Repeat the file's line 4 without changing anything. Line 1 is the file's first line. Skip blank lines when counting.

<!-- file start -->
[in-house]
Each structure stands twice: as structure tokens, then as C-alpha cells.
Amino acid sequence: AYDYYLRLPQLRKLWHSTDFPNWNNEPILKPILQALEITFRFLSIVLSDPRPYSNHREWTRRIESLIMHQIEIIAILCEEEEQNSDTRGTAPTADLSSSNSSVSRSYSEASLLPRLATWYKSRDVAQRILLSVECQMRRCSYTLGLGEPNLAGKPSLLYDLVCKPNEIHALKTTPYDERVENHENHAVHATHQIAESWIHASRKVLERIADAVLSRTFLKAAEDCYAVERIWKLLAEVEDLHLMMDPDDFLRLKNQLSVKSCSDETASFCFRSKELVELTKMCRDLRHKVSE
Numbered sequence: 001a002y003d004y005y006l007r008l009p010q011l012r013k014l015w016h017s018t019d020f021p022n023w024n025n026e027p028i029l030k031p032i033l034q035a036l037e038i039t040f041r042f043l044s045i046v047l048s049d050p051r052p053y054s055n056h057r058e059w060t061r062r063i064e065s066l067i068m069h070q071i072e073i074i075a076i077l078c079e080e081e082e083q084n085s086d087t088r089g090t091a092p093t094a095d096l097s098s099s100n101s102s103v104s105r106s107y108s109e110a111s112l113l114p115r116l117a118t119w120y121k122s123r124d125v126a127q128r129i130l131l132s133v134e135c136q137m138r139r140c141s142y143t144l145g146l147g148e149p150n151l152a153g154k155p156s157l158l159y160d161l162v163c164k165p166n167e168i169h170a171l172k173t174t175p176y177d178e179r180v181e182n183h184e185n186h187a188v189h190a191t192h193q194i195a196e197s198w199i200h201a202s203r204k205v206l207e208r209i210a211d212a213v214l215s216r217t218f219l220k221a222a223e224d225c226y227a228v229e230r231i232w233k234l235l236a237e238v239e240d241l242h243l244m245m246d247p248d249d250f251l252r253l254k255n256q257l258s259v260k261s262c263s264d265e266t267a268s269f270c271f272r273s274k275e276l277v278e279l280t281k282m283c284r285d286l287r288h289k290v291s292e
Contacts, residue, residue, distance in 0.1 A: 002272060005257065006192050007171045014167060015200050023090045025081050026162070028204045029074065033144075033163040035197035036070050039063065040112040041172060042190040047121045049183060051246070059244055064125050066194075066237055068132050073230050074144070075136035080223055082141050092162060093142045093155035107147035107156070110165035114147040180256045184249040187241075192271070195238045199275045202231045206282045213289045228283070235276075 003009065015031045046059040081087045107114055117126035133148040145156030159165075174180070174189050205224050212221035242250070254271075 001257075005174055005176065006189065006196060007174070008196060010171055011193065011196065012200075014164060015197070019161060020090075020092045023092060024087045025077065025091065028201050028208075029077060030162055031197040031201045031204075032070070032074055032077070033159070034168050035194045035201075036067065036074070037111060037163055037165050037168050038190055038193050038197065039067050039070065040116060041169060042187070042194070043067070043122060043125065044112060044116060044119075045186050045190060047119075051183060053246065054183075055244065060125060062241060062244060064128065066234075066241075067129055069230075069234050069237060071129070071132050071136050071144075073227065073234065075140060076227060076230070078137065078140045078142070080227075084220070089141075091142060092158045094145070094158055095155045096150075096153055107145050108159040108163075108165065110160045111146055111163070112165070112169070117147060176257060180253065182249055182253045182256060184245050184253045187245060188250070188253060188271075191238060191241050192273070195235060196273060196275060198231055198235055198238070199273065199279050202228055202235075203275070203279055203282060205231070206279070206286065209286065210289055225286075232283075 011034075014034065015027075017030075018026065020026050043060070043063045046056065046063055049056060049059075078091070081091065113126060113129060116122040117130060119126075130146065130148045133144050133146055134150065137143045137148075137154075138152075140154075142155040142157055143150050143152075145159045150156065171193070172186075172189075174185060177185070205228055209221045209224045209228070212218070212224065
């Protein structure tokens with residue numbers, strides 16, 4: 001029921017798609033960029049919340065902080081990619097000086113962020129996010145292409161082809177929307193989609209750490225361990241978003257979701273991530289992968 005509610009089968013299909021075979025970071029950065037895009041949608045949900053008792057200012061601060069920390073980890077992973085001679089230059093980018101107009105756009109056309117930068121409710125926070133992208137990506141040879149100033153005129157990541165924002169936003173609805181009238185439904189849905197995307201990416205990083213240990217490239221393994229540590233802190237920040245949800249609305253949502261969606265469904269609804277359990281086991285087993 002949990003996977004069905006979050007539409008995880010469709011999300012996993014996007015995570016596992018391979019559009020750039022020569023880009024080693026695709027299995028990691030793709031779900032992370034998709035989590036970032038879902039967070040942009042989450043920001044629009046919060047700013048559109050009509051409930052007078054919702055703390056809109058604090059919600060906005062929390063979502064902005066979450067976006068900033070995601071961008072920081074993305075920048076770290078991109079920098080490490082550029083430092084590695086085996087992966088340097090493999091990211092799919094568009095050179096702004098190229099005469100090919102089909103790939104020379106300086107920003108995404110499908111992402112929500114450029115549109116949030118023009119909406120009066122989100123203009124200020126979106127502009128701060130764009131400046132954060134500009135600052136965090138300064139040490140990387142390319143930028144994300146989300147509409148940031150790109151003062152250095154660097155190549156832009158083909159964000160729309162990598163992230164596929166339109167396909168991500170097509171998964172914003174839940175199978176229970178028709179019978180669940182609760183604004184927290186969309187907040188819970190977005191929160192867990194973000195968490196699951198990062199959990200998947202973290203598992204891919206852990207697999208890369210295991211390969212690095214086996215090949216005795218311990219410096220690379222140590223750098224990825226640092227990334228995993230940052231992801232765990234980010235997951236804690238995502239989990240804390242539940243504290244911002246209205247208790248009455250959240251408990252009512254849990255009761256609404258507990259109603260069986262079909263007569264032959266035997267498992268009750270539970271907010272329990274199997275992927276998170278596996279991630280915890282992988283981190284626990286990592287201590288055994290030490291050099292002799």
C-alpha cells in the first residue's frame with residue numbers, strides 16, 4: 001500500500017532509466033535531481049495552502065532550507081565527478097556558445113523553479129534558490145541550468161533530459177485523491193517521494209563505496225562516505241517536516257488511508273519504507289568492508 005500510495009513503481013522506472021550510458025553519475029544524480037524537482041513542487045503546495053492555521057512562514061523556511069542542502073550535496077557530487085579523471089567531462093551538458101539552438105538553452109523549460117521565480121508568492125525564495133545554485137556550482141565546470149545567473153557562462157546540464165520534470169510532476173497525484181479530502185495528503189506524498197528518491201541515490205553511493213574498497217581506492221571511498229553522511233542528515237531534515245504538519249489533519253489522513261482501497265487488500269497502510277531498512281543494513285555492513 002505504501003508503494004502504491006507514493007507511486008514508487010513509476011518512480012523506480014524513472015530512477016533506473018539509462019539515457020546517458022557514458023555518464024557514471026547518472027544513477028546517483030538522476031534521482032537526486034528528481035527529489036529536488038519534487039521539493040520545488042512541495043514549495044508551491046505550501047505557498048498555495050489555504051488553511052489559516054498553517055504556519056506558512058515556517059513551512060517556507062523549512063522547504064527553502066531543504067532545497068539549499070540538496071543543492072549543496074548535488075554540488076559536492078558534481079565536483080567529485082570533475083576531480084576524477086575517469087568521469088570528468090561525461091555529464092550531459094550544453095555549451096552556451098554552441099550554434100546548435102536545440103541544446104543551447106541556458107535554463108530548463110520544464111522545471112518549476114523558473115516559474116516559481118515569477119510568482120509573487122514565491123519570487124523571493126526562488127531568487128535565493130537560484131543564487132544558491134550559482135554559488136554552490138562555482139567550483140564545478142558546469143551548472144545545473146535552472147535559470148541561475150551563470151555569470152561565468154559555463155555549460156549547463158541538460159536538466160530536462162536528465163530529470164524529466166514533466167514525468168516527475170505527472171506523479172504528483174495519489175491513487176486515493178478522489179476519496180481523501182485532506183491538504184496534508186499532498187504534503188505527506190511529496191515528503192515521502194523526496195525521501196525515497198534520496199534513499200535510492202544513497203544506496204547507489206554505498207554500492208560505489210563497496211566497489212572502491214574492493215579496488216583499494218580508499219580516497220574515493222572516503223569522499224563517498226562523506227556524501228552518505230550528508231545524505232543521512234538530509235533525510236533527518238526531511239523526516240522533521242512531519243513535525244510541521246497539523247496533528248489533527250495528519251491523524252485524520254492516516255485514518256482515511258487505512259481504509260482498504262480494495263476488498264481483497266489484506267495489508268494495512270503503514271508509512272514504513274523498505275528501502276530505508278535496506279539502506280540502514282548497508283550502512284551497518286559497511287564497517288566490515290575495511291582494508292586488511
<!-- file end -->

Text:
Numbered sequence: 001a002y003d004y005y006l007r008l009p010q011l012r013k014l015w016h017s018t019d020f021p022n023w024n025n026e027p028i029l030k031p032i033l034q035a036l037e038i039t040f041r042f043l044s045i046v047l048s049d050p051r052p053y054s055n056h057r058e059w060t061r062r063i064e065s066l067i068m069h070q071i072e073i074i075a076i077l078c079e080e081e082e083q084n085s086d087t088r089g090t091a092p093t094a095d096l097s098s099s100n101s102s103v104s105r106s107y108s109e110a111s112l113l114p115r116l117a118t119w120y121k122s123r124d125v126a127q128r129i130l131l132s133v134e135c136q137m138r139r140c141s142y143t144l145g146l147g148e149p150n151l152a153g154k155p156s157l158l159y160d161l162v163c164k165p166n167e168i169h170a171l172k173t174t175p176y177d178e179r180v181e182n183h184e185n186h187a188v189h190a191t192h193q194i195a196e197s198w199i200h201a202s203r204k205v206l207e208r209i210a211d212a213v214l215s216r217t218f219l220k221a222a223e224d225c226y227a228v229e230r231i232w233k234l235l236a237e238v239e240d241l242h243l244m245m246d247p248d249d250f251l252r253l254k255n256q257l258s259v260k261s262c263s264d265e266t267a268s269f270c271f272r273s274k275e276l277v278e279l280t281k282m283c284r285d286l287r288h289k290v291s292e